Common Houseplant Pests & How to Get Rid of Them

Unfortunately, if you have indoor plants, at some point they will experience pests.

Since there is no 100% foolproof way to prevent these bugs and insects from coming around, your best alternative is to learn all about common houseplant pests and how to get rid of them.

This way you know how to identify, treat and eradicate them as quickly as possible.

 

Pests

When you have plants, pests are never far away.

Worse, they not only wreak havoc on your garden but also your home.

Often, pests live in the garden. But, they can invade your home when you bring in your plants for the winter.

That’s why it’s very important to debug your plants thoroughly before taking any of them in.

Yes, the entire process is a hassle. And, you’ll need to do it for every plant and container.

But, if you’ve ever had the misfortune of bringing pests in with your plants, you’ll know the extra time and work is well worth it.

That’s something I’ve learned from experiences when I started.

 

Can You Use Pesticides for Indoor Plants?

Pesticides are probably the easiest ways to get rid of these critters. However, they’re not a good idea to use indoors.

That’s because you have kids and pets. Of course, there’s you and other partners as well.

This makes prevention more important.

But, should pests get to your houseplants, you can try some non-chemical methods to get rid of them.

A few that have worked for me are rubbing alcohol, dishwashing liquid and beer.

These work really well.

 

Common Houseplant Pests

Now, it’s time to get familiar with the pests that can potentially ruin your houseplants. And, how you can prevent them from coming as well as get rid of them should they arrive.

Below is a chart that lists out different symptoms and damages you’ll likely see in your houseplants. 

And for each symptom or damage, the right column tells you which pests likely cause it.

chart with list of pest problems, symptoms, damage and identification
chart with list of pest problems, symptoms, damage and identification

 

Aphids

Aphids look like specks on your plant. They come in a variety of colors including yellow, black, white and green. Often, they’re not alone.

So, when you find one, you’ll likely want to search for others.

These pesky insects are harmful to your plants because they suck on their stems and leaves. In doing so, they’ll weaken the integrity of your plant. And, also hurt it in the process.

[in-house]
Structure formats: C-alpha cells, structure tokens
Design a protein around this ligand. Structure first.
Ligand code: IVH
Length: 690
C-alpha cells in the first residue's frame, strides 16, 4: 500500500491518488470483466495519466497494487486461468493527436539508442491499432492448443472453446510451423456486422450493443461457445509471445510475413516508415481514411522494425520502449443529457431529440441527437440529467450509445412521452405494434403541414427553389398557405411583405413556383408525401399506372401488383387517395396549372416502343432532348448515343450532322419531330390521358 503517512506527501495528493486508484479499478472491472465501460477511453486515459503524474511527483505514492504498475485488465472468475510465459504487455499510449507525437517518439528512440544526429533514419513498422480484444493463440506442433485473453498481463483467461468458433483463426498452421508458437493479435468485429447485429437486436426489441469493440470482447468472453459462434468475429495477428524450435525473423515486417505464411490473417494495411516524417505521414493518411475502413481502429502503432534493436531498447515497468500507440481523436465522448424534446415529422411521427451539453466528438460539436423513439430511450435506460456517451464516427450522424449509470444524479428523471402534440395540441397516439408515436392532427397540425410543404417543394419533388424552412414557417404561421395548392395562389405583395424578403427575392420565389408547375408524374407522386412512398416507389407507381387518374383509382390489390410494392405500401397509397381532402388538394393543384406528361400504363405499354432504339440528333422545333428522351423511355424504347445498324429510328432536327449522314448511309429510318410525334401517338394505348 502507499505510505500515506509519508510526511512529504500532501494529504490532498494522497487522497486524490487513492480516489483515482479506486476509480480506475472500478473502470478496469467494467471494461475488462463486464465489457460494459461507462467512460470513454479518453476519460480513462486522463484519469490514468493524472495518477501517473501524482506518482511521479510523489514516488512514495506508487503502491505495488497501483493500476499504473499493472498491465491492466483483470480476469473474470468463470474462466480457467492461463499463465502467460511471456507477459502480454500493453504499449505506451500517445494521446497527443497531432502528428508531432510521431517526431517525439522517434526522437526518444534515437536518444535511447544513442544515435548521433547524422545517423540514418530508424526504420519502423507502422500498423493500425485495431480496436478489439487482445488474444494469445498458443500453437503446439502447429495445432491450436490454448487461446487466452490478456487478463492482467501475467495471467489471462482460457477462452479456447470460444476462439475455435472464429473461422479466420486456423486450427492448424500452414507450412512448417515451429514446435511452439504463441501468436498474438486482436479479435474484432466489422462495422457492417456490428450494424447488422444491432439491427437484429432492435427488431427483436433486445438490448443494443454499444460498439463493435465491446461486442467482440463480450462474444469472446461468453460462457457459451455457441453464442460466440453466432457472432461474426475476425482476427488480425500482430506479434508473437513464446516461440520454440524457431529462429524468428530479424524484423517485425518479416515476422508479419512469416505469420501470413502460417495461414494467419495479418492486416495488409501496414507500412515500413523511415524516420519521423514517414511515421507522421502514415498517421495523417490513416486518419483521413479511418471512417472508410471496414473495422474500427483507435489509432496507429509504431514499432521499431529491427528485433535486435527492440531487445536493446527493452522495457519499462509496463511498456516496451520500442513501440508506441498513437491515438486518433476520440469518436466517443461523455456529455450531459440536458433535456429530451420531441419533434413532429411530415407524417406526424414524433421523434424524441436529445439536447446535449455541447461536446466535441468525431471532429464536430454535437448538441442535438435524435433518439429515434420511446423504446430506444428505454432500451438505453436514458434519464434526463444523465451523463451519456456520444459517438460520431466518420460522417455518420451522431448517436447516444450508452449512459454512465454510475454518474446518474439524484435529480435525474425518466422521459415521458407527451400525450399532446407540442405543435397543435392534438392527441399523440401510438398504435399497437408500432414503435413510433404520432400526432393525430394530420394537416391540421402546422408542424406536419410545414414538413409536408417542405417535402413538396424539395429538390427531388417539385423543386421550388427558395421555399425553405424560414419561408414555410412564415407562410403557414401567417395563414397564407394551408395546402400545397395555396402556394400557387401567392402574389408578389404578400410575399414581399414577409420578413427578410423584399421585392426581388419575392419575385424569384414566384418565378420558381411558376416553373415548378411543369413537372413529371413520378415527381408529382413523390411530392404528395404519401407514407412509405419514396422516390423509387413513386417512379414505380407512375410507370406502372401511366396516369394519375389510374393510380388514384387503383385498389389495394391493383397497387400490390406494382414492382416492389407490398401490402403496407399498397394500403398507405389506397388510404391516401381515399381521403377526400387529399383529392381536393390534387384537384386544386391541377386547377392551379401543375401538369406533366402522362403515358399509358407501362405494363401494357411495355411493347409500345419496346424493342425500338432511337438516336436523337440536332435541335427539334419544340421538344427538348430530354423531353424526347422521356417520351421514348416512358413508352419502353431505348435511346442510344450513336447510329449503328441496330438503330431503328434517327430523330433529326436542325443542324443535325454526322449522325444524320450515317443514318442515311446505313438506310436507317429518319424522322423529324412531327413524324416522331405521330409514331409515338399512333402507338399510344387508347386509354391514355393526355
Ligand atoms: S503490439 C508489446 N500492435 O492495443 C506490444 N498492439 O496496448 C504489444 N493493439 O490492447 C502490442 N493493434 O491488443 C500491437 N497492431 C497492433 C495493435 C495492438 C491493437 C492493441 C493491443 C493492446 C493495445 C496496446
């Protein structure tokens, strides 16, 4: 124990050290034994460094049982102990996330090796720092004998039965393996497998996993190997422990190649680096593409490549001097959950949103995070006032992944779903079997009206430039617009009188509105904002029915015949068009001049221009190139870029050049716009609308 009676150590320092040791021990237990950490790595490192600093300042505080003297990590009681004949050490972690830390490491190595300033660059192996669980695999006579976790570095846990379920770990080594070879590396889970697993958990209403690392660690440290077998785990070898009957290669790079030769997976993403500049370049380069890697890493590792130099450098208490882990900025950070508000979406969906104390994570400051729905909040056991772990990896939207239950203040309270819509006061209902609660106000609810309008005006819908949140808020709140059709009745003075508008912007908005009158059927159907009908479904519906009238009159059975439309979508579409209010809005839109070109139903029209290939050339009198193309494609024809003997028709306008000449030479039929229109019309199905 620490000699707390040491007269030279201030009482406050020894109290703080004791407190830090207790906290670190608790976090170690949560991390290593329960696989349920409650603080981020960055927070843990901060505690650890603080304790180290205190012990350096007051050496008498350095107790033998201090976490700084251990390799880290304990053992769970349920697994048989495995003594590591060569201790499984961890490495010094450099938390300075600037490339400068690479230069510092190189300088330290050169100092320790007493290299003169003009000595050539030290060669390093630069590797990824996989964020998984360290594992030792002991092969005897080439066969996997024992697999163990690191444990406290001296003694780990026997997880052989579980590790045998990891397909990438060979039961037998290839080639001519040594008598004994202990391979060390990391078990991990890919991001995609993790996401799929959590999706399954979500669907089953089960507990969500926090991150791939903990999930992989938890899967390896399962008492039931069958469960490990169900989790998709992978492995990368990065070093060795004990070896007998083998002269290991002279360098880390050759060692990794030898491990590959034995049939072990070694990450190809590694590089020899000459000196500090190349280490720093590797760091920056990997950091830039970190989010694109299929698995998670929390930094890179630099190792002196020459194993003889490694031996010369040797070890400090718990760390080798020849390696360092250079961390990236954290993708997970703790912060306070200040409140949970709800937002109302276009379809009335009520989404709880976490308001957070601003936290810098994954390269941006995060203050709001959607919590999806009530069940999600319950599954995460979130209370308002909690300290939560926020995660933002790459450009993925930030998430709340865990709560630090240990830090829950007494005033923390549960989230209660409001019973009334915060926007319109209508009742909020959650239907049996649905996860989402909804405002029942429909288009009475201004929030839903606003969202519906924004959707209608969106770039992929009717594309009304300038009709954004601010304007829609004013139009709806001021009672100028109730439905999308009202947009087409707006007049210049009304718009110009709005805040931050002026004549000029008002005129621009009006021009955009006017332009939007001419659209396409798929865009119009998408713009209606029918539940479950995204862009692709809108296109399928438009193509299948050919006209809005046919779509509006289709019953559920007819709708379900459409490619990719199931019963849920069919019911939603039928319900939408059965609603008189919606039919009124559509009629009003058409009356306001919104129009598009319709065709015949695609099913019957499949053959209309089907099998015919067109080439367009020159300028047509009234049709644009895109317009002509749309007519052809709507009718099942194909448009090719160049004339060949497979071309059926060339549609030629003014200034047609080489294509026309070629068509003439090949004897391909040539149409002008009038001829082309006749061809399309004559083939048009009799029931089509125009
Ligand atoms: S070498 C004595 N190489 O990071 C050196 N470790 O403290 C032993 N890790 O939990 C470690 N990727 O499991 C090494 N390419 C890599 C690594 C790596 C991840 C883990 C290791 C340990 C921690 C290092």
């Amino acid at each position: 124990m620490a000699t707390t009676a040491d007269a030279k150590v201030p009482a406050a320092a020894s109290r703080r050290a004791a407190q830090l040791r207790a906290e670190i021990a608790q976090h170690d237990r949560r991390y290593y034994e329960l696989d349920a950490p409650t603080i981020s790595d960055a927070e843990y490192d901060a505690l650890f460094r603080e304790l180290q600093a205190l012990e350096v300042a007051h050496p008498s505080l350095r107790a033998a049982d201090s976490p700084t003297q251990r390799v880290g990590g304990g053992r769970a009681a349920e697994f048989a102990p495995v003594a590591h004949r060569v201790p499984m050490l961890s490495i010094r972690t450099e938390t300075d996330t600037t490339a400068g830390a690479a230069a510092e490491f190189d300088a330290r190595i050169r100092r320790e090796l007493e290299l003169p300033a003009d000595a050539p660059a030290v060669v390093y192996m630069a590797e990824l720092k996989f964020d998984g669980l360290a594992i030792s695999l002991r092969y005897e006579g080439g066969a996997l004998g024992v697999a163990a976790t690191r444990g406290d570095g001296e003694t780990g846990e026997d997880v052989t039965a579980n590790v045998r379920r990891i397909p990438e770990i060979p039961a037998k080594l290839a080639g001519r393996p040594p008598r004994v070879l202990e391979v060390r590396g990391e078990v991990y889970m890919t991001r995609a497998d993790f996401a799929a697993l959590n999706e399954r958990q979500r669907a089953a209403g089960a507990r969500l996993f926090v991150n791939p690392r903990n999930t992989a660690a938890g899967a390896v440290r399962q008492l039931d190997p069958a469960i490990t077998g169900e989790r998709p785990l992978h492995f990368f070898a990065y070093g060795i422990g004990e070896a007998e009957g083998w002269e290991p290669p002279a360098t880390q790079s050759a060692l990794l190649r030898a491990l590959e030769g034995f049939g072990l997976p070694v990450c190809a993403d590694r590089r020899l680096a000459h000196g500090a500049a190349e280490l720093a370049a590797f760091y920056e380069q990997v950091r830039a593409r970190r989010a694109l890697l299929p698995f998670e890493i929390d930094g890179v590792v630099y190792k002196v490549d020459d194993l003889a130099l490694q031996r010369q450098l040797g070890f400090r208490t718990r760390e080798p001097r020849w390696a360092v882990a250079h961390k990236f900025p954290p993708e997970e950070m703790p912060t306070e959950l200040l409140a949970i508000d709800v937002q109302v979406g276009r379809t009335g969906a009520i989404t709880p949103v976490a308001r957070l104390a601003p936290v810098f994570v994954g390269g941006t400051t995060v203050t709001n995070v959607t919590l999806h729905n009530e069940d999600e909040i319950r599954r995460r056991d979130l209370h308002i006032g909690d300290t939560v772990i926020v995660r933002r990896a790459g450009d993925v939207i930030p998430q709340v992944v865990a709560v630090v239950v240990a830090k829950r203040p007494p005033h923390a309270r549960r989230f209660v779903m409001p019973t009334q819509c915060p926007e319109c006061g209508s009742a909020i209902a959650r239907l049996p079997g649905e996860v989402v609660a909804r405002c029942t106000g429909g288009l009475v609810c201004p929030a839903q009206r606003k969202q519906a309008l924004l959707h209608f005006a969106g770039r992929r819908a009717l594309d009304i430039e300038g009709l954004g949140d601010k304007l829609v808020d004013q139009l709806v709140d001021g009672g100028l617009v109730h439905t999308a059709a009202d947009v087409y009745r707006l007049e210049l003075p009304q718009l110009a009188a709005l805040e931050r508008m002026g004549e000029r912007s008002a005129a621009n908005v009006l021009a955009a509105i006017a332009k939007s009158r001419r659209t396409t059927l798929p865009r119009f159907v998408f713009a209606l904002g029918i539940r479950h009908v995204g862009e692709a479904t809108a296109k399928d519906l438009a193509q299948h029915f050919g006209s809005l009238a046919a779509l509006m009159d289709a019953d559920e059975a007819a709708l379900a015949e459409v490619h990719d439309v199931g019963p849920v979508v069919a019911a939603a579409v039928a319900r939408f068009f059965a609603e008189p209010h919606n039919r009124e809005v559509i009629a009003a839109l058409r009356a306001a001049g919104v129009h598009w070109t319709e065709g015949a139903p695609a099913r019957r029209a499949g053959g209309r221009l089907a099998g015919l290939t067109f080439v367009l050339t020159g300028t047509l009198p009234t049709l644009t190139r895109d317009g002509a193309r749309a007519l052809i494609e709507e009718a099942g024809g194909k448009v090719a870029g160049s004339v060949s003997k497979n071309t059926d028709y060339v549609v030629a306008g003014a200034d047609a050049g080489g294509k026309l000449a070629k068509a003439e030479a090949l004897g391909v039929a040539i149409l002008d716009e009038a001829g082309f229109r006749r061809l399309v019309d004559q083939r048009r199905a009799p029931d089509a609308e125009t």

The good news is, they’re easy to kill.

They’re small, soft insects so you squish them with your fingers. But, depending on how you feel about harming them, you may not want to do this.

That said, because there’s often more than one, it’s a good idea to take them outside and give them a good strong hosing.

The water will wash them out. Although be careful not to hurt your plant in the process.

Do keep checking because it’s not easy to get them all with one hosing. Plus, they’re very persistent.

 

Fungus Gnats

Fungus gnats are more of a nuisance to you and me because they’re very much like flies. They’re pesky but don’t really bite or harm you.

That is, at least for the adults. Nevertheless, you don’t really want them hanging around because it makes your home look and feel unsanitary.

However, the same can’t be said for the larvae. Like many other insects, fungus gnats lay eggs.

These suck on your plant’s feeder roots and the fungi in your potting soil for nutrition.

That’s why they’re called fungus gnats.

As such, you’ll find them in damp areas of the soil, compost and other moist areas. After all, there are the conditions that produce fungi.

Since they’re attracted to wet soil, letting it dry gets rid of them. You can likewise use yellow sticky traps to catch them all.

 

Related

 

Spider Mites

Spider mites are arachnids as opposed to insects, which many of the insects are. As such, they have 8 legs while insects have 6.

In any case, spider mites are problematic because they suck the chlorophyll from your plants. This kills your plant’s leaves or turns them pale. This often gives them away.

But more likely than not, you’ll notice their webs. They spin webs as spiders do. But, they webbing look different. So, you’ll know it wasn’t made by a spider.

One of the biggest problems with spider mites is that they’re very small. As such, it’s very hard to see or notice them until they’ve done their work.

Also, they can move from one plant to another fairly quickly. They can transfer themselves or it can happen when you brush one plant with spider mites against another.

So, it’s always a good idea to check the plants around the one that’s been infected.